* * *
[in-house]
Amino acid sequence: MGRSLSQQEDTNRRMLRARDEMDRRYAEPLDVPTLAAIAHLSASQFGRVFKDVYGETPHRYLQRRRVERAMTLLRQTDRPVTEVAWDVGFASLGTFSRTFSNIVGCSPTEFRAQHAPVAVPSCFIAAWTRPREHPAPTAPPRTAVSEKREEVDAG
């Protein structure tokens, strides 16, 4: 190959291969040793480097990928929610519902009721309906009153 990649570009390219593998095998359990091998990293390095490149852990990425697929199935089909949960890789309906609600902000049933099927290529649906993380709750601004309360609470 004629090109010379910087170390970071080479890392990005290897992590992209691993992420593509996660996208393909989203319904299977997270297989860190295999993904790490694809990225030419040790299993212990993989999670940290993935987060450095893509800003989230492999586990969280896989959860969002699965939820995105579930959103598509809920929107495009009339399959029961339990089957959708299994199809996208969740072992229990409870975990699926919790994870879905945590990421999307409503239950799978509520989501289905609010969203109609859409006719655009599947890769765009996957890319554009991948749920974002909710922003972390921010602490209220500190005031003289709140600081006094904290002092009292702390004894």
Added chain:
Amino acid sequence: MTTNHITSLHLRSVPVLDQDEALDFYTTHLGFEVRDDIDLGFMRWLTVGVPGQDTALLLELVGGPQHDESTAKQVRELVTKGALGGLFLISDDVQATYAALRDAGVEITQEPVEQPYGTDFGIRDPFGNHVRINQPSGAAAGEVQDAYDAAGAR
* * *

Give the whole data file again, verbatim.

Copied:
[in-house]
Amino acid sequence: MGRSLSQQEDTNRRMLRARDEMDRRYAEPLDVPTLAAIAHLSASQFGRVFKDVYGETPHRYLQRRRVERAMTLLRQTDRPVTEVAWDVGFASLGTFSRTFSNIVGCSPTEFRAQHAPVAVPSCFIAAWTRPREHPAPTAPPRTAVSEKREEVDAG
């Protein structure tokens, strides 16, 4: 190959291969040793480097990928929610519902009721309906009153 990649570009390219593998095998359990091998990293390095490149852990990425697929199935089909949960890789309906609600902000049933099927290529649906993380709750601004309360609470 004629090109010379910087170390970071080479890392990005290897992590992209691993992420593509996660996208393909989203319904299977997270297989860190295999993904790490694809990225030419040790299993212990993989999670940290993935987060450095893509800003989230492999586990969280896989959860969002699965939820995105579930959103598509809920929107495009009339399959029961339990089957959708299994199809996208969740072992229990409870975990699926919790994870879905945590990421999307409503239950799978509520989501289905609010969203109609859409006719655009599947890769765009996957890319554009991948749920974002909710922003972390921010602490209220500190005031003289709140600081006094904290002092009292702390004894």
Added chain:
Amino acid sequence: MTTNHITSLHLRSVPVLDQDEALDFYTTHLGFEVRDDIDLGFMRWLTVGVPGQDTALLLELVGGPQHDESTAKQVRELVTKGALGGLFLISDDVQATYAALRDAGVEITQEPVEQPYGTDFGIRDPFGNHVRINQPSGAAAGEVQDAYDAAGAR